Taking a game for adults and making it accessible for a younger audience is tough. You want to preserve the elements that made the original so fun for older players. You have to consider the cognitive development (and sometimes fine motor control) of younger children. You also want your game’s brand to carry through—someone (the parent with the money) should look at your game and say, “I love that game! I bet little whats-its-name will like this kids’ version too!” The wrong way to do it is to have your marketing department slap the game’s name and logo on a board with a spinner and hope the kids will be entertained by the random movement of colorful pieces. The right way to do it is like Word on the Street, Jr.
We reviewed the original Word on the Street a while back. It’s major fun. We wanted to see how Word on the Street, Jr. held up in comparison. Specifically, we wanted to see if the junior set would engage adults and children at the same time. Sound impossible for a word game? Sound like two great tastes that have no business being in the same kitchen let alone the same plate? THINK AGAIN!! It’s a hoot.
The rules: Word on the Street, Jr. has all the letters of the alphabet running down the center of the game board which depicts a street. Each letter is a tile. Two teams compete to see who can get the most letters on to their side of the street. Teams draw a card with a prompt, such as, “name of a vegetable” and then have 30 seconds to come up with a word that matches the category. The letters that spell the word are moved one space toward the team for each time they appear in the word. For example, “carrot” would move the C, A, O, and T one space but the R would move two spaces. Once a team moves a letter to their side of the street, the letter is out of play and can’t be moved the rest of the game.
The Junior version of the game includes the vowels (missing from the original) and the categories are a bit broader to accommodate developing vocabularies. Each category card has two sides, the blue side being a bit tougher than the green side.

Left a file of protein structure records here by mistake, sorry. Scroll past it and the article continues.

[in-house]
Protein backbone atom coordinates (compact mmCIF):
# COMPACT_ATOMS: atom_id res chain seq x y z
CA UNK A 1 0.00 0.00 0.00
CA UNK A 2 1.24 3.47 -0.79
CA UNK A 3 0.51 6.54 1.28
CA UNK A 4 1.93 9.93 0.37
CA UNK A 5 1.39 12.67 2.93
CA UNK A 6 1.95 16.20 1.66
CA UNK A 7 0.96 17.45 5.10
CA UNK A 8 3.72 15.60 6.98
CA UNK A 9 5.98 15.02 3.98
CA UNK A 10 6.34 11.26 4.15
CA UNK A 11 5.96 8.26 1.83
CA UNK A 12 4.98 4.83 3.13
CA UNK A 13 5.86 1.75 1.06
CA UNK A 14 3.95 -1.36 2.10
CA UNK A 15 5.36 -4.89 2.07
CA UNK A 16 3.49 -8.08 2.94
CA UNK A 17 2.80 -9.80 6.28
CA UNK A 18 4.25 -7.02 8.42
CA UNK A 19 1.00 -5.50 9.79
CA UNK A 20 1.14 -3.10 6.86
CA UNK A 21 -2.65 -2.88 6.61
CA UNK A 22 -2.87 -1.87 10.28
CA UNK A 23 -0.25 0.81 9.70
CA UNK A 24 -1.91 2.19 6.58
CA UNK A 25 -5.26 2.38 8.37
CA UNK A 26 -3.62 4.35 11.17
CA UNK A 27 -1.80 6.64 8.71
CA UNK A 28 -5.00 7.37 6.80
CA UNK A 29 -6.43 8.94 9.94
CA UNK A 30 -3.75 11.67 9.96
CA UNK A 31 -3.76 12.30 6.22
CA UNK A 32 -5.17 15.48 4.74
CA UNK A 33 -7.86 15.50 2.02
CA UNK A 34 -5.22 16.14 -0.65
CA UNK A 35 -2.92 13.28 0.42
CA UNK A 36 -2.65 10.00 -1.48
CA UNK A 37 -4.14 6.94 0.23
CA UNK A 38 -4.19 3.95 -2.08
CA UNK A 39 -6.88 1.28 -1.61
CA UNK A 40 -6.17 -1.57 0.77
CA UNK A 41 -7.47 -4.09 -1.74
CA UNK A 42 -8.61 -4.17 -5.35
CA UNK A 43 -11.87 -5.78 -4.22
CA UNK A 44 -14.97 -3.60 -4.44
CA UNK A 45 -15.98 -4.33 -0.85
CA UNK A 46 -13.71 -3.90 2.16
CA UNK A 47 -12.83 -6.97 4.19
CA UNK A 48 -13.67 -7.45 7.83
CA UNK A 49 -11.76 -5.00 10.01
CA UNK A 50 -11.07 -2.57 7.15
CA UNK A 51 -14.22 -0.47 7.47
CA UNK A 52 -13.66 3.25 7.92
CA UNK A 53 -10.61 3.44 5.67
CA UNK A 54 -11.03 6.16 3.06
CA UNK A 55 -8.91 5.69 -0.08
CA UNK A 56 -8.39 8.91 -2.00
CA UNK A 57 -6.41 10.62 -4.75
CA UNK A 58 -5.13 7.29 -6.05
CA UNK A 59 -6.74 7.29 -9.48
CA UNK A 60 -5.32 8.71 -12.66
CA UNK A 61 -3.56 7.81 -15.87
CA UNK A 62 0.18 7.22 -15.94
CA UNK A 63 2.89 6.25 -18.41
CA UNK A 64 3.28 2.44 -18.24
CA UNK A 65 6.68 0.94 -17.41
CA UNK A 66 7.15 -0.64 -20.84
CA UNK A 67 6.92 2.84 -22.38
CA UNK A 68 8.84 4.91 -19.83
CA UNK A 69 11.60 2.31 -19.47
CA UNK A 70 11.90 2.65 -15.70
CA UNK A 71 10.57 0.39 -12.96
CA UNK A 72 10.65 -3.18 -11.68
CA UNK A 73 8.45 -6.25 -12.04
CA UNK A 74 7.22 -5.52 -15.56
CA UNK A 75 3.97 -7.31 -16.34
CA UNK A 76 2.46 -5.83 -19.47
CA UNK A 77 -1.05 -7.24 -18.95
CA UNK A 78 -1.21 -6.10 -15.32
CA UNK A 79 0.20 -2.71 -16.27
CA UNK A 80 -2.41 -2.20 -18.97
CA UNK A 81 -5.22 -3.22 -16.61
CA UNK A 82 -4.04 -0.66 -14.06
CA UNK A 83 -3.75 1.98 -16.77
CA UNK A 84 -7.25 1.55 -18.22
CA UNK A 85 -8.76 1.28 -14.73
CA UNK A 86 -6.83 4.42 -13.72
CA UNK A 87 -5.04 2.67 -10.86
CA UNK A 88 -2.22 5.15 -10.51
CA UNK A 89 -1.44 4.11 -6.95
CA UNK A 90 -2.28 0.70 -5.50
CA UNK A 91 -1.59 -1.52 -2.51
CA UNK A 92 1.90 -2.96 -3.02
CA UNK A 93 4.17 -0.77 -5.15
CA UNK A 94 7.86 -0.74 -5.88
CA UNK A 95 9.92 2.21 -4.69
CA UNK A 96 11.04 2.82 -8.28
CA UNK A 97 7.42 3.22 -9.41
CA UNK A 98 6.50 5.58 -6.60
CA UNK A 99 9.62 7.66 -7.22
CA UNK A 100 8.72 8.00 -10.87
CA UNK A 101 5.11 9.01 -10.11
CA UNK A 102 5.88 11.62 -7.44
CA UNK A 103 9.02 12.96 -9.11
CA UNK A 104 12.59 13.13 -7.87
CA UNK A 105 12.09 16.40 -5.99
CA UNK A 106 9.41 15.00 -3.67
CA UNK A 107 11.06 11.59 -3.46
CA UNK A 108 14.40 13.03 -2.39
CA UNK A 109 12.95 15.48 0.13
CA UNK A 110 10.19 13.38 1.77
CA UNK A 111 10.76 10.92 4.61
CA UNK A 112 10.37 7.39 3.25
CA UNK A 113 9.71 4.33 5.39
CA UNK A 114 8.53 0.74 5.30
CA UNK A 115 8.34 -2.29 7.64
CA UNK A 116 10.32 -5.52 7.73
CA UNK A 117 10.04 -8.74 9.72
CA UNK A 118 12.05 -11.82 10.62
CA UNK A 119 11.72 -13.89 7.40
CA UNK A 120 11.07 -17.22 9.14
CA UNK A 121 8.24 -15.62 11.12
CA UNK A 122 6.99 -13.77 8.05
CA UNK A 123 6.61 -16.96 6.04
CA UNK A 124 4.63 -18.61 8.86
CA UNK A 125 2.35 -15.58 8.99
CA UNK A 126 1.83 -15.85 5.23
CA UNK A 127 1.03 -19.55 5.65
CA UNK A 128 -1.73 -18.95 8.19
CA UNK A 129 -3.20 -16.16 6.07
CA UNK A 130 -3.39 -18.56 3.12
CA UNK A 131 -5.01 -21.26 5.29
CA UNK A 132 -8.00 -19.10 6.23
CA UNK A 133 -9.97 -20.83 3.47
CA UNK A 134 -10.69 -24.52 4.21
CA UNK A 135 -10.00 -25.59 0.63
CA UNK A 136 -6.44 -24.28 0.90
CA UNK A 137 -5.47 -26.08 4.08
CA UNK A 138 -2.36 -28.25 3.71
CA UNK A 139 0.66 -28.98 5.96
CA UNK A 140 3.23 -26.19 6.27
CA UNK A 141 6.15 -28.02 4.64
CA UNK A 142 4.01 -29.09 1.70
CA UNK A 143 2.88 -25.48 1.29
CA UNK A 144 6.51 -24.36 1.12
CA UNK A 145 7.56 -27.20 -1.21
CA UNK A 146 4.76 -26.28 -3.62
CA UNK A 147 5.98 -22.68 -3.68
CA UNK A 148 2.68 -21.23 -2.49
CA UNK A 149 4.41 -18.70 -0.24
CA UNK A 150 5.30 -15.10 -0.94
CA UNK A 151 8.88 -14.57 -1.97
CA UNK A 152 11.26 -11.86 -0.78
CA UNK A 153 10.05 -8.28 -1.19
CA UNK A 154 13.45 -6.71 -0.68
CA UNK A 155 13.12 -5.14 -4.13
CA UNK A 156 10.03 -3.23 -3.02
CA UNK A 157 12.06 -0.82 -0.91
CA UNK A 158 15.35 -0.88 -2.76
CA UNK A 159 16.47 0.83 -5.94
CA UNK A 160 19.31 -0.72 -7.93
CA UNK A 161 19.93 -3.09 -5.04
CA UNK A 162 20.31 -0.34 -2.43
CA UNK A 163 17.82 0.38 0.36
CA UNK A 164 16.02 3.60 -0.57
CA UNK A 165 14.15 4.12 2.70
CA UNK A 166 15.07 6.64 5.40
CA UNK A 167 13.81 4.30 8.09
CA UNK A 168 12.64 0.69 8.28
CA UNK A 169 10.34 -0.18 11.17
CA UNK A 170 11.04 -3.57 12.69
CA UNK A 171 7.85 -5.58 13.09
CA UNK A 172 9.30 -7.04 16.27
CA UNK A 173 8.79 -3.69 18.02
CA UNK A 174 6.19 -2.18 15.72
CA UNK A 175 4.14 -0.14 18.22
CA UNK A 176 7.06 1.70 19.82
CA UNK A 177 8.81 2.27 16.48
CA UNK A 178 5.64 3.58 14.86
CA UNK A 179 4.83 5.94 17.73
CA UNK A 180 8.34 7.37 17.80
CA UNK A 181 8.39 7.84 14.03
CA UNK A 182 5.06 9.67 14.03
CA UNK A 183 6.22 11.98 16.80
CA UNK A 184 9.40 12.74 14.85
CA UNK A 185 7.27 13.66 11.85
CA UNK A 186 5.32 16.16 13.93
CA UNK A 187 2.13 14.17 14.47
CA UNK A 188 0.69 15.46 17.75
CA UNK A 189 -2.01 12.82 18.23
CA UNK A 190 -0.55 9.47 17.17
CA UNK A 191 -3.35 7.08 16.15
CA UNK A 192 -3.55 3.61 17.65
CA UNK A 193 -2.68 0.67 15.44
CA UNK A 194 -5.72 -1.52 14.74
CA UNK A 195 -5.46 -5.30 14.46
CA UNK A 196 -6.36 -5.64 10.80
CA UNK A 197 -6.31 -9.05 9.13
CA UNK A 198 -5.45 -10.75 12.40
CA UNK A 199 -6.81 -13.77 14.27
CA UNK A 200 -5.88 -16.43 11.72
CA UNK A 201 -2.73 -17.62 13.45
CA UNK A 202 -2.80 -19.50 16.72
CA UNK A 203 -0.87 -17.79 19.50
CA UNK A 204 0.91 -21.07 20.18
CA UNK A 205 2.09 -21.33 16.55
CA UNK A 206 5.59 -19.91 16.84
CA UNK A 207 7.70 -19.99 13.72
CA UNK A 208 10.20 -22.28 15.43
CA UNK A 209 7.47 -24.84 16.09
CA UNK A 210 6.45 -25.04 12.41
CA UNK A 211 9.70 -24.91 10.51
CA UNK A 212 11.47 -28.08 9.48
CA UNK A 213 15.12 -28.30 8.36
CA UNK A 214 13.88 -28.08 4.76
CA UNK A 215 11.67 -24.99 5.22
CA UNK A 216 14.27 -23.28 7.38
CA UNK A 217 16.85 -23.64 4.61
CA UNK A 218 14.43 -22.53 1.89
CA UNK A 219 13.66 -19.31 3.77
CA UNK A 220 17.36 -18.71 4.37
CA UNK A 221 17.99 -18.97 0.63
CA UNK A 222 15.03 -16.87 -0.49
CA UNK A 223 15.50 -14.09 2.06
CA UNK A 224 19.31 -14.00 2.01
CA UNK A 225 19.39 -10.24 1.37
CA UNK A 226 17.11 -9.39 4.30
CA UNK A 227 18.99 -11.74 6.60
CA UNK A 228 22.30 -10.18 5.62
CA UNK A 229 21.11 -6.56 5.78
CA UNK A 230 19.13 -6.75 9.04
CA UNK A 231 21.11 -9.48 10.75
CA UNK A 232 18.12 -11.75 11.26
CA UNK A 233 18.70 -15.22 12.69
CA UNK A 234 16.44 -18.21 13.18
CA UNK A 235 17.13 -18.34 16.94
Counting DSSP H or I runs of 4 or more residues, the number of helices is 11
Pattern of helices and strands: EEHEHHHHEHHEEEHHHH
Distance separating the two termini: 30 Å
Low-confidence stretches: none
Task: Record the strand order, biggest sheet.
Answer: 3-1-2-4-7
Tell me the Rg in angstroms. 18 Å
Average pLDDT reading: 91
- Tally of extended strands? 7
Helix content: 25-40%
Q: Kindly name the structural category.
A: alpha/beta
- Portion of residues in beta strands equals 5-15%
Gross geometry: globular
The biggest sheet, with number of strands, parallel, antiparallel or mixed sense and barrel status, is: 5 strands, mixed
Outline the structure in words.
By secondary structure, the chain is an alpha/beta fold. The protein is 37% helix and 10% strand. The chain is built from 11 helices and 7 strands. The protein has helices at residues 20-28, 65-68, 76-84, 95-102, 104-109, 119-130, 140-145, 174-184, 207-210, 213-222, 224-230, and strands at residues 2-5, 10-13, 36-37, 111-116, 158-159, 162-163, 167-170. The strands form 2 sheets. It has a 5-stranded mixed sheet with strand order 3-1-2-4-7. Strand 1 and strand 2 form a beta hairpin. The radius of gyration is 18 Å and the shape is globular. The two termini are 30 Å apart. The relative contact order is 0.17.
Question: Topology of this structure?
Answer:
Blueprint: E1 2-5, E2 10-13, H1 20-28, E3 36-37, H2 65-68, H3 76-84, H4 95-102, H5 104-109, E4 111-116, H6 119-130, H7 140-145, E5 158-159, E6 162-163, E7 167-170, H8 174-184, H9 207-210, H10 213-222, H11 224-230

I have only played the Junior version and it is plenty nerve-wracking. The 30 second timer keeps the game moving and the challenge is to come up with words that have lots of double or triple consonants. My eight-year-old enjoys playing with me and my wife (the adults play with the no vowels rule), but the most fun I had was in watching my daughter and her friends. The kids caught on to much of the strategy and gave their thinking muscles a work-out. Often they forgot that they were on different teams and volunteered their best responses to whatever category happened to be face up. They yelled. They laughed. They brought out their biggest words. In general, they acted like caffeinated jumping beans — which is a sure indication that major fun is afoot.
If you go to the Word on the Street site, and scroll down a bit, you’ll also find a downloadable form you can use to create your own additional cards for the game. This is major cool, because you can make the game engage players on so many more levels with categories like: “12-letter words,” “family members,” “chores,” “word in a Mylie Cyrus song.”
Original concept for Word on the Street, Junior by Jack Degnan. Copyright 2009, Out of the Box Publishing, Inc.
Will Bain, Games Taster